The country's largest teaching union has said there is "an artificial crisis where none exists" over GSCEs.
The NASUWT said the government has a "pre-determined political agenda" that could undermine the exams system.
Commenting on today's report by the Education Select Committee into the administration of examinations for 15-19 year-olds in England, Chris Keates, general secretary of the NASUWT, said:
"This is a critical debate but it needs to be conducted on the basis of facts, not as a response to assertion and rhetoric about allegedly declining standards and highly dubious claims about the ‘dumbing down’ of qualifications.
"If public confidence in the examination system has been undermined, this is as a result of ill-informed, ideologically-driven public debate, seemingly deliberately fuelled by misleading and inaccurate ministerial comments about a lack of rigour and stretch in the qualification system. Such comments are noteworthy only for their lack of substantiating evidence.
"There may well be a case for revising the current system of awarding bodies. However, this should not be driven by the notion that awarding bodies compete with each other for business on the basis of the ease with which qualifications can be passed. The Government’s own evidence has shown such claims to be mythical."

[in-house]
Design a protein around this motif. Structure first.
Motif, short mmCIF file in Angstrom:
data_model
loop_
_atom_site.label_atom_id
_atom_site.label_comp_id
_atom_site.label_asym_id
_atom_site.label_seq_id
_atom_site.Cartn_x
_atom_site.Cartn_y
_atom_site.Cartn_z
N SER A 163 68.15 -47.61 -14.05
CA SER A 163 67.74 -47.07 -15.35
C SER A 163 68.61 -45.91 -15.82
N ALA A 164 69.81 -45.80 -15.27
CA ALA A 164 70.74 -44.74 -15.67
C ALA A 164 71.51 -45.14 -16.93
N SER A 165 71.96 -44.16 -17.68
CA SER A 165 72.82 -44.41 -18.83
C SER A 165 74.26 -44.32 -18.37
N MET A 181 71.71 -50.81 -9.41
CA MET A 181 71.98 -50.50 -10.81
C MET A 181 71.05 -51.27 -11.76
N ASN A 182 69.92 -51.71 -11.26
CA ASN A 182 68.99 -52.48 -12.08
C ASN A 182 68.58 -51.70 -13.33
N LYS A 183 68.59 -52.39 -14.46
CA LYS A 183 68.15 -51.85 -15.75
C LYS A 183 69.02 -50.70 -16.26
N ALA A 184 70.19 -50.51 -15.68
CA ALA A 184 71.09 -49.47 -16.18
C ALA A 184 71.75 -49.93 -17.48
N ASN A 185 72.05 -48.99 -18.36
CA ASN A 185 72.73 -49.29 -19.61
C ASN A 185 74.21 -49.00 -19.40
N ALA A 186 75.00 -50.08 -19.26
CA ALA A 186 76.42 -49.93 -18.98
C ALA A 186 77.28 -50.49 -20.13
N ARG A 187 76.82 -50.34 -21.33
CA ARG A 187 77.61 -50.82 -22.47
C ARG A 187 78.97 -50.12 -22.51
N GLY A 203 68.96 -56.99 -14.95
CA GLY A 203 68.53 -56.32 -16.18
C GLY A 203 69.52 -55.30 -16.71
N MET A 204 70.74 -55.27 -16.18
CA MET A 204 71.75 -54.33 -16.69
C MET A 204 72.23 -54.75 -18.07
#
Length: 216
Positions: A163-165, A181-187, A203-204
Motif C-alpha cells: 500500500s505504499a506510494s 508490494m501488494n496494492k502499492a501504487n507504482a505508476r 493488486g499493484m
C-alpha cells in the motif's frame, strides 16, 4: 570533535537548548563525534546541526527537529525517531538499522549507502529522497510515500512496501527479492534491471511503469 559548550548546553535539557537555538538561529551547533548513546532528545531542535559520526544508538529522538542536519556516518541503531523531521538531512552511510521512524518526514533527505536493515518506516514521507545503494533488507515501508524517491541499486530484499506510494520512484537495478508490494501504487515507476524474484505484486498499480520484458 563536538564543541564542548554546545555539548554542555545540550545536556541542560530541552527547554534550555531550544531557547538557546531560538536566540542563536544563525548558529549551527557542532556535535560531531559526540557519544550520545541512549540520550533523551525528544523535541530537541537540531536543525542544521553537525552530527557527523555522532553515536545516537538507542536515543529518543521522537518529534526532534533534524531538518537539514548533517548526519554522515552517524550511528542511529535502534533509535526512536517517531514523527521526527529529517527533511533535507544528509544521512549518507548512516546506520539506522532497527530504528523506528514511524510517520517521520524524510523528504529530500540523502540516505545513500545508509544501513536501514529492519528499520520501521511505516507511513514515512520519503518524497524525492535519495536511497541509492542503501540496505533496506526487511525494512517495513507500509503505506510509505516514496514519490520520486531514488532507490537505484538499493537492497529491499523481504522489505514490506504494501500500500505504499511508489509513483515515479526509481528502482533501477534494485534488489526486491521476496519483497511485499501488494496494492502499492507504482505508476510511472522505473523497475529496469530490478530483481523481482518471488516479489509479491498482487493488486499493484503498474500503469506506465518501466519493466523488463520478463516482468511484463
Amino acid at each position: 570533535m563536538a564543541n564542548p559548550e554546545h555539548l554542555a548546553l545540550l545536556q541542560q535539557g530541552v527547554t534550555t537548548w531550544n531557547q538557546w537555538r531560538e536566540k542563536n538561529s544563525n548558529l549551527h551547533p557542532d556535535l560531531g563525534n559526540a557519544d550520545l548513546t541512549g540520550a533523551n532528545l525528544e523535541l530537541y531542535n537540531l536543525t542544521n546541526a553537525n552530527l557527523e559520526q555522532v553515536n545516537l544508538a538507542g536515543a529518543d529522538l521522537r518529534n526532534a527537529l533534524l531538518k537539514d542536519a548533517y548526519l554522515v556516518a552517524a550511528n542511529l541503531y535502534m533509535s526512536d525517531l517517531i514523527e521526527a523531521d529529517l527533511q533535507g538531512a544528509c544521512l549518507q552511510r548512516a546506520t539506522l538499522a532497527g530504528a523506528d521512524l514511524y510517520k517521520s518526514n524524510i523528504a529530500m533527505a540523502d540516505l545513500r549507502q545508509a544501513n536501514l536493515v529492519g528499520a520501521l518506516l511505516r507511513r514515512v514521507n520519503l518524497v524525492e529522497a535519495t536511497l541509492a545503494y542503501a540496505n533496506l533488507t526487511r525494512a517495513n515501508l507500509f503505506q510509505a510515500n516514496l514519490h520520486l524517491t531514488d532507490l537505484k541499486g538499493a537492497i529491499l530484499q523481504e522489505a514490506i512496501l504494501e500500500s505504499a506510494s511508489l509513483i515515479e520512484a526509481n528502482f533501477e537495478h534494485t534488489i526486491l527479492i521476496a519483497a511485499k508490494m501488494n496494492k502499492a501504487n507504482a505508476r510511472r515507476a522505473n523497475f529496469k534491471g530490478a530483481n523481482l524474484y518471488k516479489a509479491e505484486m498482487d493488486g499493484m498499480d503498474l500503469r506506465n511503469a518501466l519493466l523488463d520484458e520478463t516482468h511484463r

The largest of the three English exam boards, AQA, has welcomed the report as "thoughtful and rigourous".
Andrew Hall, chief executive of AQA, which awards 49% of GCSEs in England, said:
"AQA has never competed by lowering exam standards, although I accept this may have been the case elsewhere in the market in the past. We have been pressing for stronger regulation of standards between awarding bodies for some time and have been pleased to see that the regulator has addressed many of our concerns over the last year.
"However, we recognise that it is important to restore public confidence in the system. We want everyone to be clear what level of knowledge, skills and understanding a qualification represents to ensure that students’ achievements are properly recognised."
Mr Hall said the Committee’s recommendation of a single syllabus for key subjects and the imminent consultation about government proposals "clearly sign-post that significant change to the exam system is coming".
He added: "Whatever the final decisions, we would urge policy-makers to ensure that the right measures are put in place to protect students and maintain standards in a meaningful and credible way."